Green Landlady met with Janie Lowe, a Co-founder of YOLO Colorhouse, in late January. YOLO Colorhouse was the first company to achieve the very difficult GreenSeal certification under their new GS-11 requirements for paint. We were interested in learning how a small company was able to compete against all the major paint houses with staffs of chemists and come out on top. Here is how our conversation went:
Editor: How did you and YOLO’s other co-founder, Virginia Young, get together?
Lowe: We met in New York in 1995 when I was a fine artist at graduate school and Virginia was an art director at an ad agency. That’s how YOLO Colorhouse was born. We began working with a green chemist and paint designer and over the next ten years we built up a custom palette of colors that were not only beautiful but performed exceptionally well.
Editor: What made you decide to pursue greener products?
Lowe: We decided that breathing fumes – even with less toxic water-based paints – was unhealthy for anyone. We were also inspired after we became involved with several local green building organizations, but we have always been concerned with the methods and ingredients we use in our paint manufacturing process.
Editor: Did you have trouble convincing your clients that the extra cost for non-VOC paint was worth it?
Lowe: Actually, we are pretty much center-priced for the market. Most of the paints are in the $50 to $60 range for the same quality and ours is priced at $39.
Editor: So how can you compete with some of these other companies that offer hundreds of colors?
Lowe: We realized that clients often felt overwhelmed by the enormous number of paint color possibilities they were offered. When we presented them with a wonderful, but reduced palette, the clients felt more relaxed and chose well. In response to this, actually, we refined the paint line and reduced our offerings to a solid stable of rich colors designed to complement each other.
Editor: So what made you decide to try for GreenSeal’s GS-11 certification? I mean, nobody had yet been successful.
Lowe: When GreenSeal announced its newer GS-11 2009, there was no question that we would pursue it. It was a much stricter criteria and we welcomed it. We only had to make one adjustment to our formula to achieve it.
Editor: That must have been pretty exciting. Congratulations, by the way. So, compared to VOC-emitting paint versions, how do YOLO’s non-VOC paints perform?
Lowe: Our paints contain 40% volume solids, which means that is what is left on the wall after water evaporation. By comparison, average quality paints have about 28%.
Editor: Can you wash the walls with your paints without a problem?
Lowe: When we had our paints independently tested, our ‘scrub test’ was about 1,000 scrubs.
Editor: Was someone really counting?
Lowe: Actually, the third party independent testers use a machine, and yes, it keeps track.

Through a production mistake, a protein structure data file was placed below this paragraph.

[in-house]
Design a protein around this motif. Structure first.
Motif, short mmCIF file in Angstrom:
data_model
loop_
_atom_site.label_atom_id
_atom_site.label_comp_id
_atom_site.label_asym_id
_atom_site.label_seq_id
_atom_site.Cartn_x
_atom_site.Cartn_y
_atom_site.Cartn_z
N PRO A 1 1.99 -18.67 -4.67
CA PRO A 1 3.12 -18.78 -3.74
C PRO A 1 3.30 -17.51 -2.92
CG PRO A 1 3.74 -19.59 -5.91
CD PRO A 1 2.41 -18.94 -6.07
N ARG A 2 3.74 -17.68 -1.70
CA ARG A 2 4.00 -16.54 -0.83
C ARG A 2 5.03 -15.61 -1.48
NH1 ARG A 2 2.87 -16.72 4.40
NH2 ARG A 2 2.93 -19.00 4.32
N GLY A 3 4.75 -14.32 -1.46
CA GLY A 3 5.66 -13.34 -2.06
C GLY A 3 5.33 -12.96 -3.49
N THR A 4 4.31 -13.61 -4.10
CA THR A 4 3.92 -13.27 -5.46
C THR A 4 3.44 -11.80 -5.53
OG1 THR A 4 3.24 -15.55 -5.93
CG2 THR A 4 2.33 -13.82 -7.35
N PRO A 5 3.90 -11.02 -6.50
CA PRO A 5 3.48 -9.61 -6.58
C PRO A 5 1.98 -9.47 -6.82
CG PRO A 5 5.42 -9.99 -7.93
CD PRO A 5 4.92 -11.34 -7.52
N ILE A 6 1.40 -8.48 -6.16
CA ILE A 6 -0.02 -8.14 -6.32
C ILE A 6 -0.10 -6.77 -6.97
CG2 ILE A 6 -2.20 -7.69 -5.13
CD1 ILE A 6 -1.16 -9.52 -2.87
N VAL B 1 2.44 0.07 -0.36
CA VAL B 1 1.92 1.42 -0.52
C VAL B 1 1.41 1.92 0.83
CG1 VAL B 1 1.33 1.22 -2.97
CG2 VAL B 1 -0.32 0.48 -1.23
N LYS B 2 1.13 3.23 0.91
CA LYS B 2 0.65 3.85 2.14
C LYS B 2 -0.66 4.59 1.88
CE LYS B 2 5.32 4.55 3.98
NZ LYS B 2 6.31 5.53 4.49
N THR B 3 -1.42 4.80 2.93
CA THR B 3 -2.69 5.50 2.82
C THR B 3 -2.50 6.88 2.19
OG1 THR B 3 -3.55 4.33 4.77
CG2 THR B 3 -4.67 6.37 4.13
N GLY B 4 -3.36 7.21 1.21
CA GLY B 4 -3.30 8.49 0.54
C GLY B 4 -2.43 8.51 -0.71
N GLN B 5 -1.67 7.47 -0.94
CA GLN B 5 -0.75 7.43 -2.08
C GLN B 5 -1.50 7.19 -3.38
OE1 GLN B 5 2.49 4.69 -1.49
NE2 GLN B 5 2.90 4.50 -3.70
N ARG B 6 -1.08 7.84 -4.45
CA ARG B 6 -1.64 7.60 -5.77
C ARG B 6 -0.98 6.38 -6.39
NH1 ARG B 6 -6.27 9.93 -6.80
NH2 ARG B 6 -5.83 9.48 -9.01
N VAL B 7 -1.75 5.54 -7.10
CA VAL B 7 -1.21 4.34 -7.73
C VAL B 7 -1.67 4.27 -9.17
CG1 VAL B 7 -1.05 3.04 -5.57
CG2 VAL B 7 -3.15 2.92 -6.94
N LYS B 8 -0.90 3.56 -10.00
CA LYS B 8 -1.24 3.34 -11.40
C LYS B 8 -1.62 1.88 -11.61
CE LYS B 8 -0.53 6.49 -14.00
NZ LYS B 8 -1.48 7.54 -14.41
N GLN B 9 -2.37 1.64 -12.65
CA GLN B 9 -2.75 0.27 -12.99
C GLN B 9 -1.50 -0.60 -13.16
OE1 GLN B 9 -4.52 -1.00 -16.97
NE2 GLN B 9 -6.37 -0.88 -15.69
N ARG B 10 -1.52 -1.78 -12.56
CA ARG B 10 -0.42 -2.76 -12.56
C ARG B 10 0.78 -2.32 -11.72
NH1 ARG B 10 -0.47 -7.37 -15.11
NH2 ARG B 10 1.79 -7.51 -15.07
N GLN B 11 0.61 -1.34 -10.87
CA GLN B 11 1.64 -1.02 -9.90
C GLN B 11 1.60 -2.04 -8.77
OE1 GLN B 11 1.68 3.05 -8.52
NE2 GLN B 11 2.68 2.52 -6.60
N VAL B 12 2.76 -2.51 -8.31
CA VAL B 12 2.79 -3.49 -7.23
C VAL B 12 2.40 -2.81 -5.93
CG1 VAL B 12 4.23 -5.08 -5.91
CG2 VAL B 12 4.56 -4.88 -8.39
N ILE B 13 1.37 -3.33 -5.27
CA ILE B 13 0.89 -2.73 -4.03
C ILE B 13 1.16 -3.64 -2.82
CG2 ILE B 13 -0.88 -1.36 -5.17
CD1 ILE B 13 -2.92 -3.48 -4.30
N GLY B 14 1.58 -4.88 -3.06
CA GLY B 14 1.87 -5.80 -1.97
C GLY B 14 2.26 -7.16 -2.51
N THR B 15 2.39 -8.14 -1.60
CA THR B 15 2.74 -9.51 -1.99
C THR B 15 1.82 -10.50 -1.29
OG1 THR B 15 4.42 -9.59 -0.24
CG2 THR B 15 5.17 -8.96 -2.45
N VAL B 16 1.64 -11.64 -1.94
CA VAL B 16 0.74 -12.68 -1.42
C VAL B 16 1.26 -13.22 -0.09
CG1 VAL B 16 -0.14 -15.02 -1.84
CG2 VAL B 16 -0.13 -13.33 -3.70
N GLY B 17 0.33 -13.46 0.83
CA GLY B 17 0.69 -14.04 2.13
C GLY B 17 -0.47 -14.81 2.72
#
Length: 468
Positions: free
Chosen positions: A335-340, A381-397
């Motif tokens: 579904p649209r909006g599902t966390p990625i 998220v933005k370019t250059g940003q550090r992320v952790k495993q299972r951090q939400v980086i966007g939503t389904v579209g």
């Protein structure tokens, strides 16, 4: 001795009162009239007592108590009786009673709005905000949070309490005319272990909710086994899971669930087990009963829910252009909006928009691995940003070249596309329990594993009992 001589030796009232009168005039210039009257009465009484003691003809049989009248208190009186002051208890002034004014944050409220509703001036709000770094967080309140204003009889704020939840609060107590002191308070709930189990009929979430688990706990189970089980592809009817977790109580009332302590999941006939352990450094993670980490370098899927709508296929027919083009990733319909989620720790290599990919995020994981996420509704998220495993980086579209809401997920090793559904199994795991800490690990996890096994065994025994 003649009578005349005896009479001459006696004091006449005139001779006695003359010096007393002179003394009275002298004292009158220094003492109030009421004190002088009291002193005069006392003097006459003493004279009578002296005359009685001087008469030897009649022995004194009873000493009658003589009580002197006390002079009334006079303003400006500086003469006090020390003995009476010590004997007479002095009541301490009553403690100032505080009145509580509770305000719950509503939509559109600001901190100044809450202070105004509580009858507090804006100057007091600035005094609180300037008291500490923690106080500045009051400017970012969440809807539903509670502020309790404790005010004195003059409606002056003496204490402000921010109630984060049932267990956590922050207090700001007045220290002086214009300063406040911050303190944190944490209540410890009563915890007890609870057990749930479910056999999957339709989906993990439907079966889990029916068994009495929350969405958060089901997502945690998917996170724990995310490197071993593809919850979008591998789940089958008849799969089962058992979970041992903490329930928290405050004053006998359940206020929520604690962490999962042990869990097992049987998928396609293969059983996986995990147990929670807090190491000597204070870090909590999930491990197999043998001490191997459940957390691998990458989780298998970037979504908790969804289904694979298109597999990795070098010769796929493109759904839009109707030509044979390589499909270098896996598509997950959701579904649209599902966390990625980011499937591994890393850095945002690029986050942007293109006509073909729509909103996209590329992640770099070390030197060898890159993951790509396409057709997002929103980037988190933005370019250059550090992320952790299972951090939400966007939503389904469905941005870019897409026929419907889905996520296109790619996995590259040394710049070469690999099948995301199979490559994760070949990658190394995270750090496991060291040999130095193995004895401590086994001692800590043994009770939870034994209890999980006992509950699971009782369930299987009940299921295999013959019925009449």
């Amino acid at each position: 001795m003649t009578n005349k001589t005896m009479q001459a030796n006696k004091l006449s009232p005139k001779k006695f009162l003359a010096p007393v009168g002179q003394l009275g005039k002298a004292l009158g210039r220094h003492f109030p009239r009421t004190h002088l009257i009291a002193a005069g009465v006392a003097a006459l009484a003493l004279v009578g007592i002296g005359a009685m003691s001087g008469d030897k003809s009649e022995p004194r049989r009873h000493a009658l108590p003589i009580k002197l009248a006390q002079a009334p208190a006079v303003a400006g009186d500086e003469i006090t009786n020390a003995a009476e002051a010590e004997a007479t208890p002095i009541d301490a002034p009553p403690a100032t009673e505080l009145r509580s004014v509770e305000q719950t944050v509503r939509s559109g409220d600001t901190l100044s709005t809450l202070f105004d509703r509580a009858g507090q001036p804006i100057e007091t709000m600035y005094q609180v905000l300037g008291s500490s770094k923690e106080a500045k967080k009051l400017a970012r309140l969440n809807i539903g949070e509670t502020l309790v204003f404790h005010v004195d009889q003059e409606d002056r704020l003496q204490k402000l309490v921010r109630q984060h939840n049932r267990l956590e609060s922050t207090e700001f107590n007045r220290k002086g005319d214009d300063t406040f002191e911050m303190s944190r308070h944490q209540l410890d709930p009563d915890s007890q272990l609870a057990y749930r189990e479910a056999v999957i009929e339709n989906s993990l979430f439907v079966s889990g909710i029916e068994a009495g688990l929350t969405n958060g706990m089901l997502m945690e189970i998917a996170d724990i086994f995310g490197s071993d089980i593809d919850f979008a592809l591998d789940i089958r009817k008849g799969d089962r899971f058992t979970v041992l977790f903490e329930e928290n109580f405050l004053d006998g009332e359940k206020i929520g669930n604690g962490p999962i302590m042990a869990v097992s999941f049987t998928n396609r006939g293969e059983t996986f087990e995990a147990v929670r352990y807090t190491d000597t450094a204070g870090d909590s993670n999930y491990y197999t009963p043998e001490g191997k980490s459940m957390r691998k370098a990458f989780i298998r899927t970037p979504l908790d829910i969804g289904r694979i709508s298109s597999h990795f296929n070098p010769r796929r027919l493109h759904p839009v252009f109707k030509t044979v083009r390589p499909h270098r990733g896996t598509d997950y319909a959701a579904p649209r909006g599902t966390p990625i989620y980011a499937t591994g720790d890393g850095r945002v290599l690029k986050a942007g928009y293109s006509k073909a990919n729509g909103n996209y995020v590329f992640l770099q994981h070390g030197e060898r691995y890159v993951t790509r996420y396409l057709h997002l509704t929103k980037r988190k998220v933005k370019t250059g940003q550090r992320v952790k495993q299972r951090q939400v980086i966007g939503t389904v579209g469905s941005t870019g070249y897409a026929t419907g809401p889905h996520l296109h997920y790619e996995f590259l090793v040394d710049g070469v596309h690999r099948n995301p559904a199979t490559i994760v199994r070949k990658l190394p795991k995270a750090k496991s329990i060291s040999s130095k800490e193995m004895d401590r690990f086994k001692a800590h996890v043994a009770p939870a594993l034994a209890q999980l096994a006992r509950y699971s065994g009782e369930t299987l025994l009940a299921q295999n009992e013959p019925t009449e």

Editor: What kind of performance issues should consumers consider when they buy paint?
Lowe: Other than the scrub test, I would say its water resistance, ability to hide and cover, adhesion and stain removal. Our paints score in the superior category in all these areas.
Editor: What would be the test for water resistance?
Lowe: Well, if water sits on paint – like a wet sponge for instance – how or if it bubbles determines that.
Editor: I understand your paints do not emit any VOCs, but do they still have an odor?
Editor: What about ventilation while using YOLO Colorhouse non-VOC paints?
Lowe: We recommend ventilation whenever people paint, but it is safe to paint during the day and sleep in the room that night. Actually, in hospitals and schools there is no need to move patients or students out of the facilities when painting with our paints, which is a privilege we gained with that GS-11 GreenSeal certification.
Editor: So how many colors do you have?
Lowe: 92 colors currently, with 49 in our Earth Color Collection, 36 in a new palette, the Color of Hope, and 7 colors in our Sprout collection.
Editor: So what new thrills since the GreenSeal coup?
Lowe: One exciting thing since we received the GS-11 certification is our paint gets spec’d by architects in early design meetings and labeled as ‘added value’. That feels pretty special.
Editor: Can you give any advice to others who may want to distinguish their business by pursuing green practices?
Lowe: Since we were a start-up company, we had the advantage of looking at everything we did through a green lens from the beginning. It isn’t enough to have green products. We wanted to ensure our entire manufacturing and distribution processes were sustainable - from printing on recycled paper to recycling paint cans. But my advice would be it’s never too late for any company to implement green practices.
Editor: Anything else you’d like to add, Janie?
Lowe: Don’t be afraid of color! Have fun with it. It is the easiest, fastest and cheapest way to transform a room and make it your own.
Editor: Thank you, Janie.
Lowe: Thank you.
YOLO Colorhouse has 180 distributors across the country including EcoHaus in Seattle, EcoHome in Berkeley, California, Cox Paint in Santa Monica, California and Livingreen in Los Angeles. YOLO Colorhouse is located at 3909 NE Martin Luther King Boulevard, Portland, Oregon. Co-founder Janie Lowe can be reached by email at firstname.lastname@example.org.